|XP is just a number|
I don't buy the argument that "unless" "reads better" than "if !" (nor that "reads better" is always a good criteria for evaluating code, especially not "reads more like English prose").
I do buy the argument that making the negation more subtle (by using "unless" instead of "if !") also means that you increase the odds of mentally dropping the negation and either introducing a bug or wasting too much time being confused (having experienced this and having seen others do it and having seen quite a few bugs make it to Production that were introduced via 'unless').
Another unfortunate side-effect of that "subtle 'not'" that I was a bit surprised and dismayed to repeatedly see in real code recently, was constructs like:
and worse. The 'not' is subtle so once you start using 'unless' all over the place you'll likely start introducing double negatives.
So I have a strong preference for:
over anything using 'unless'.
Which brings me to a subject we were discussing this week at work. I've heard (or read) a lot of people agreeing that "of course" you should not use 'unless' with complex logical expressions. But that seems to me to be the one place where I can see 'unless' having some value:
Directly turning that 'unless' into an 'if' gives us:
Now, I don't personally find that particular 'if' obviously worse than the prior 'unless'. But I acknowledge that it is more complex and can see it being harder or slower to parse for many. So I'm somewhat reluctant to make such a transformation when refactoring code.
And it can get "worse":
This would require adding parens, which can reduce readability considerably (not terrible in this example, though -- certainly more complex):
So, I'm more of the opinion that 'unless' should only be used in the case of complex logical expressions. That is, only for complex logical expressions where the 'unless' version is significantly simpler than the 'if' version.
For the sake of completeness, I'll note that I often find value in removing the complex logical expression (which also removes any benefit to using 'unless', IMO). In the above example, if we get an error about "You must pass foo() a non-empty array ref or hash ref", then we have several possible cases to consider and this could add a step or two to debugging that might add significant time to the process. So it might be better more like:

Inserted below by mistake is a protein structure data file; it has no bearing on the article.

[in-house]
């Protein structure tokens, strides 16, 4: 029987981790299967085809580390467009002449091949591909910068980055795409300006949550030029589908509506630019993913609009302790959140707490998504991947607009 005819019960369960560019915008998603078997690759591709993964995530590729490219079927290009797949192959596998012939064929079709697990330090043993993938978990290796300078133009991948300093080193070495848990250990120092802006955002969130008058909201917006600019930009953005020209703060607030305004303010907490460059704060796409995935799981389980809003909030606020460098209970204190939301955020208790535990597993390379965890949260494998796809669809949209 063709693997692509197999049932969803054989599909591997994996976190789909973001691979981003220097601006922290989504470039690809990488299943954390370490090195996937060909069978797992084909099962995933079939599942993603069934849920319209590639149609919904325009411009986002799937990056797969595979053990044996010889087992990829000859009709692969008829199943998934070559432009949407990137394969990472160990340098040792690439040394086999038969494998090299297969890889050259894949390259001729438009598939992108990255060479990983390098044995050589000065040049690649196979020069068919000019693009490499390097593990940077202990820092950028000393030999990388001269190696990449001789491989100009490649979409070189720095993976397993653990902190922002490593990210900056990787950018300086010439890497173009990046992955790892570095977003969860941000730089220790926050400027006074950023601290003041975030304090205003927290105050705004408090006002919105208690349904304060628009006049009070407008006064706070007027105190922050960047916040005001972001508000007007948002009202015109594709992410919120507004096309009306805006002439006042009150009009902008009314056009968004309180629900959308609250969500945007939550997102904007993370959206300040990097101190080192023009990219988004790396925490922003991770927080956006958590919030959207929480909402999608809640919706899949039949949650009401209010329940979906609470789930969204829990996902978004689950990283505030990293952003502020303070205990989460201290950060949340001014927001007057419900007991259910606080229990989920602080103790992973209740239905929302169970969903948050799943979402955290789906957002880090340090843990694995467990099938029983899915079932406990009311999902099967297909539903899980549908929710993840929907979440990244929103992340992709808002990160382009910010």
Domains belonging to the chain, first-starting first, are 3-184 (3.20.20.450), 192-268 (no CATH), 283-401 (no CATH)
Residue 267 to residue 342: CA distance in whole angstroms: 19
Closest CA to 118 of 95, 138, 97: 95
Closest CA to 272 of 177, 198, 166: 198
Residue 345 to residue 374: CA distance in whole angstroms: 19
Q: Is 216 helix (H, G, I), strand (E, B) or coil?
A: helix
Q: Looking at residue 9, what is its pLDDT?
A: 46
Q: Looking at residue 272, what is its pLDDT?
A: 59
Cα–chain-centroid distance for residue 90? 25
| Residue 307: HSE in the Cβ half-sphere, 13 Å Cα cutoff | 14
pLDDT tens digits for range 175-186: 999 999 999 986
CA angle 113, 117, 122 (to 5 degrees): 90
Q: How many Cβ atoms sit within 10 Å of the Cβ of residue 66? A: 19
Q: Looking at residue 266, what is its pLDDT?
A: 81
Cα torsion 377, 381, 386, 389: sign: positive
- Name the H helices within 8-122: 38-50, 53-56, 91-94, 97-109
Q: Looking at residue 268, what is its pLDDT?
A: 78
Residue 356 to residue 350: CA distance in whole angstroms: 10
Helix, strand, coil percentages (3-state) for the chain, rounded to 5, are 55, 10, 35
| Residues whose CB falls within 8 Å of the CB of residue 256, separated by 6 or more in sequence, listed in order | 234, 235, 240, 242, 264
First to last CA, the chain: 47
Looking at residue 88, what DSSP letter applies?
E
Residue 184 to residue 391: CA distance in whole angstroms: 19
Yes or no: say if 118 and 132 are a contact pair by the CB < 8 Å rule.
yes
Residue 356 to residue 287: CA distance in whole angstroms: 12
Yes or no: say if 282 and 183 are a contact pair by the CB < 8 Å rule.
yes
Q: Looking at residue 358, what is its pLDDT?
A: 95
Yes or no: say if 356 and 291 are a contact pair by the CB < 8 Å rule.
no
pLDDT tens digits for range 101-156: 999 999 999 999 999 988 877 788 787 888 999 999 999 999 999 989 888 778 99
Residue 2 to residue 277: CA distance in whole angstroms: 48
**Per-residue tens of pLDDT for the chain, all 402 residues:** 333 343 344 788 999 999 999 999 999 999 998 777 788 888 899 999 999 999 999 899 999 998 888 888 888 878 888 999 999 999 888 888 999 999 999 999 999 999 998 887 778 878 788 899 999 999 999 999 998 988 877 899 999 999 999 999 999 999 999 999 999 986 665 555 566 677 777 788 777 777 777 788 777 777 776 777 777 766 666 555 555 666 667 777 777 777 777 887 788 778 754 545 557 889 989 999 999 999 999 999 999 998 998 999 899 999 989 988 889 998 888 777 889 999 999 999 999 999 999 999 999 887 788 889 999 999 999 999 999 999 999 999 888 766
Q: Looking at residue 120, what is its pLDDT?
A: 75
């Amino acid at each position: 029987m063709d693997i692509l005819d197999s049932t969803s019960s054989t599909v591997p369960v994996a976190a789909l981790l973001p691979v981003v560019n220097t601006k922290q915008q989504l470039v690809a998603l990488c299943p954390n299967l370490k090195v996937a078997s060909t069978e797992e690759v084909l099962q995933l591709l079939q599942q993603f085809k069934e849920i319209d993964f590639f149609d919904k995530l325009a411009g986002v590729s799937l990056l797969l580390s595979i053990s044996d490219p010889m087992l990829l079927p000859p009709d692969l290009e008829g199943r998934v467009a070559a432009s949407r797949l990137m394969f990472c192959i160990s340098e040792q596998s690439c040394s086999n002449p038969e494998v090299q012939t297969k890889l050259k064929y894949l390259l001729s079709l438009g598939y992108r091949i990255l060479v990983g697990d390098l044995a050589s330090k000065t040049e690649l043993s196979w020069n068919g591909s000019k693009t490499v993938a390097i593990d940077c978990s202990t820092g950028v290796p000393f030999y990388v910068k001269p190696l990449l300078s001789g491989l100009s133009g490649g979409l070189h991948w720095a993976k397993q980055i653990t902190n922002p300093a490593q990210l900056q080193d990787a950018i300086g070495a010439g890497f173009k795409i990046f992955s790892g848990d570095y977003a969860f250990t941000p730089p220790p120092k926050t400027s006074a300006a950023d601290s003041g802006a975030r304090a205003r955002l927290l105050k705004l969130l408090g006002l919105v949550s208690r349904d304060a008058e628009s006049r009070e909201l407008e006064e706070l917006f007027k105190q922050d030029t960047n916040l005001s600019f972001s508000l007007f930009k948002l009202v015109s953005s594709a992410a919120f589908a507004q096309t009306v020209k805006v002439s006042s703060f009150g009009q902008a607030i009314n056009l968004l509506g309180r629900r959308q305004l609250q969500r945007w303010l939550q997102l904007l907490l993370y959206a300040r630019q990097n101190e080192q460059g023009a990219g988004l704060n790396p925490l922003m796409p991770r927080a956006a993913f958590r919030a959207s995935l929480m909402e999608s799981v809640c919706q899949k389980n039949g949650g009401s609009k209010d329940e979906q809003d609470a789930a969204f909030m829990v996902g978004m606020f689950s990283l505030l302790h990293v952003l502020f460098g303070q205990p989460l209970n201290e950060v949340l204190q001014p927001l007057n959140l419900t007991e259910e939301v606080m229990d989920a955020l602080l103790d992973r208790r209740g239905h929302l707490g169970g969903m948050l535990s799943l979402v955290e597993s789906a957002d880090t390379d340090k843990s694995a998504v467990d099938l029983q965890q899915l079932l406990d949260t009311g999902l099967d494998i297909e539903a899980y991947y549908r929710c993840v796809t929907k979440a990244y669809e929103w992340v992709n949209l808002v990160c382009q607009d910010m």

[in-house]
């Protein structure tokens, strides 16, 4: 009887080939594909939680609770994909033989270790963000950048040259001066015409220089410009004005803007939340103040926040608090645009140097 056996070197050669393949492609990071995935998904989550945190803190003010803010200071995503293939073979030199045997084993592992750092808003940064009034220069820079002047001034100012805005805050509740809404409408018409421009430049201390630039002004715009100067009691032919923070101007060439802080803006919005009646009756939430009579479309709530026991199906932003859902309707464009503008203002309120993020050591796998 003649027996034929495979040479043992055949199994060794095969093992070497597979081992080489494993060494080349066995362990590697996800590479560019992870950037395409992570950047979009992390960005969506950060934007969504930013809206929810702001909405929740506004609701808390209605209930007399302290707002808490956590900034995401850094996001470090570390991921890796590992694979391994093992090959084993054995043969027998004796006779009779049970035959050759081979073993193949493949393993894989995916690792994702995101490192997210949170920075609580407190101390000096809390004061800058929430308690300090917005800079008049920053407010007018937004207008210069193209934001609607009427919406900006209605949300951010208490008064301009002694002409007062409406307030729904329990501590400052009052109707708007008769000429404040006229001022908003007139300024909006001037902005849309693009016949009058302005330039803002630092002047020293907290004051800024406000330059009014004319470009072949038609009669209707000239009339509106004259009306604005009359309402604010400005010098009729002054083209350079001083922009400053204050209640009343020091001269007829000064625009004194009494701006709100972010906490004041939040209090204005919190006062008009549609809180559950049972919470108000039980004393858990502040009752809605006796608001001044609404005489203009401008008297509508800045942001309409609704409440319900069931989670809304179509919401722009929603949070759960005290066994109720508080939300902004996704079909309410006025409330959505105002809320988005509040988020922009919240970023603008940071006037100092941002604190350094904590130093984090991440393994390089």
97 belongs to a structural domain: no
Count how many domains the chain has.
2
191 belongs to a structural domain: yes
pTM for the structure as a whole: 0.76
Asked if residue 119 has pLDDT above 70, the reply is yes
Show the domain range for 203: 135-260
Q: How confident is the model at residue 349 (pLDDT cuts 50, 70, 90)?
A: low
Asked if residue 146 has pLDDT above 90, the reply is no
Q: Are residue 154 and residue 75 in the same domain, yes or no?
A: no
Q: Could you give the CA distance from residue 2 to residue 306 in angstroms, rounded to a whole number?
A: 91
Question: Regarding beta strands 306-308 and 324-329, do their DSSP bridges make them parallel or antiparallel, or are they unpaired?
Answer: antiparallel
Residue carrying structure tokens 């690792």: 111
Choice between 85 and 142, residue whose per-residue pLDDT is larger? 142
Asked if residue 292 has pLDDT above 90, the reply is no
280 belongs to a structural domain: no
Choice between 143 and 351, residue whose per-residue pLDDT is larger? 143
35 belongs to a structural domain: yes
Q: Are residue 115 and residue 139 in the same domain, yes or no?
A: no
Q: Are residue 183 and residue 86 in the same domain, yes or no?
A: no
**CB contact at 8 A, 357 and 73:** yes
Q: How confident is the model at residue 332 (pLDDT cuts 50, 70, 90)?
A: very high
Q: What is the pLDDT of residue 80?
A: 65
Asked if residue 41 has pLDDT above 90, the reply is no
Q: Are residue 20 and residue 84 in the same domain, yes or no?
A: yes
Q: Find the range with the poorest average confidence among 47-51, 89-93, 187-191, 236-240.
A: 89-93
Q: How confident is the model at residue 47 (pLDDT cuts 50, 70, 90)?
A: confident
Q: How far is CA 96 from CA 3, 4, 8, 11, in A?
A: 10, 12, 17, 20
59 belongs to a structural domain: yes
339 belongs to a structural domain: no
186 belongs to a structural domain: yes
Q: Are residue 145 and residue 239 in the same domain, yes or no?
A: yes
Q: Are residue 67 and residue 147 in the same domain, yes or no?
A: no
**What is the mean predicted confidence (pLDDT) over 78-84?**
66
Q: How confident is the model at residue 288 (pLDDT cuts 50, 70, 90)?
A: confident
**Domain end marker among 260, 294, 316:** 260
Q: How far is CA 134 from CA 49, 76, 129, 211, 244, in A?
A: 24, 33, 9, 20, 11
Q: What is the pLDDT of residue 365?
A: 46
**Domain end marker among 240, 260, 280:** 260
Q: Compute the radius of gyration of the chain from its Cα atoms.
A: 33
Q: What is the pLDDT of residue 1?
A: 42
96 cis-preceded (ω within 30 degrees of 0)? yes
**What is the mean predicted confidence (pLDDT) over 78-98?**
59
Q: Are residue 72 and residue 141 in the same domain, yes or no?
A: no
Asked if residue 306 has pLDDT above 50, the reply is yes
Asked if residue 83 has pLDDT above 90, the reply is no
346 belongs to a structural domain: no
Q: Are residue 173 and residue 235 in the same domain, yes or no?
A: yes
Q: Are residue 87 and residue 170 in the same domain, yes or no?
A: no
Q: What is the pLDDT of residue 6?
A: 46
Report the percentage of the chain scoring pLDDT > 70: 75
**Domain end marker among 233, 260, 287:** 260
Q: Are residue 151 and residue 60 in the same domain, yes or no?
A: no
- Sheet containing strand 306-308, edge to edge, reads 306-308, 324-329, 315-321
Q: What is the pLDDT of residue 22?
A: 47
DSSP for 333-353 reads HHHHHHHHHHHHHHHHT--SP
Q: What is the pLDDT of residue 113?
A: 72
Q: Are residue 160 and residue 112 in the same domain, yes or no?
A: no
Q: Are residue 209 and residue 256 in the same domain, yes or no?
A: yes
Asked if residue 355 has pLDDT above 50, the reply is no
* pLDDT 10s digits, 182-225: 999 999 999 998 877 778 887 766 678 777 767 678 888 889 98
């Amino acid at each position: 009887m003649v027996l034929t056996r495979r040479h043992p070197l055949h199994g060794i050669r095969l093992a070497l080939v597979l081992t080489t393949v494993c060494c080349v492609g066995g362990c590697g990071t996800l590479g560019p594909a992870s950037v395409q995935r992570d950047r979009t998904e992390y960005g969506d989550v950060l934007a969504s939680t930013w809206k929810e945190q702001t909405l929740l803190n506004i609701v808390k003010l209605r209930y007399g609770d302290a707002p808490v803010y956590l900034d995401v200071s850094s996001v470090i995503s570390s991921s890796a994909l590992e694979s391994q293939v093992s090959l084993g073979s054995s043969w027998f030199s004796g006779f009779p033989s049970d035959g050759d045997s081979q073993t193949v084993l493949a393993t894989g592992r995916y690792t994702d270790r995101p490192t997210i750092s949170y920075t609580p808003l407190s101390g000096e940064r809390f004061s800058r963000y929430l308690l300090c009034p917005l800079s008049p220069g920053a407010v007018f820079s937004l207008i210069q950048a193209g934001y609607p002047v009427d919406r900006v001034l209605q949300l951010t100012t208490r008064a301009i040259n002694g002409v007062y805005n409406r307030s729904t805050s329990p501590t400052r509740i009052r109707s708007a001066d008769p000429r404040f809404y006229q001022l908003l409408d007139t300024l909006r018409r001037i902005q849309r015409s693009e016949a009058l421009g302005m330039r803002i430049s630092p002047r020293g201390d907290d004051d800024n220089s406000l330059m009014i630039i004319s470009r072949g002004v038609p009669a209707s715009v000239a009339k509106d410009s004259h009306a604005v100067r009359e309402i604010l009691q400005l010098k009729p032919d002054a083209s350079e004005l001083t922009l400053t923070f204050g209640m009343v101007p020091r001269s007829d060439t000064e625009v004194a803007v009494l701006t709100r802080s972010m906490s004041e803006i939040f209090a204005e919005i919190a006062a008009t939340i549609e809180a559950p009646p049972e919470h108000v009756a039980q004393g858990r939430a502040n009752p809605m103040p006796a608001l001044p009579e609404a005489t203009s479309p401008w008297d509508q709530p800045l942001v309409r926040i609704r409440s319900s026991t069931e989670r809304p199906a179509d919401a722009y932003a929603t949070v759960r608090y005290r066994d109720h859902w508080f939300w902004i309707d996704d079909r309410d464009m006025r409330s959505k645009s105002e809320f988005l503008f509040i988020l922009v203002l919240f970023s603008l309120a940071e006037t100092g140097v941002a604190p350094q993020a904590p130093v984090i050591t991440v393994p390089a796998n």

That looks a lot more complex but in reality, it will likely eliminate duplication because your check for "is an ARRAY ref" needs to also be done where you decide what to actually do with the ref and this structure lets you do that check just once. That can also have benefits by keeping the error checking closer to the associated code so that deciding to handle an empty hash is more likely to have the error checking updated to match at the same time.
I'm now considering if I should avoid the subtle 'not' in complex cases by using the low-precendence 'not' as in 'if not ...' to replace the 'unless'. I haven't tried that anywhere yet, so I can't really recommend it yet.
Note that I've seen experienced programmers introduce real bugs that make it to Production because they used 'and', 'or', and/or 'not' in logical expressions (presumably because it "reads better") and were not always aware enough of some of the impacts of the extremely low precedence. So "if( not ... )" would end up being a special-case exception to our rule against using low-precedence logical operators in logical expressions.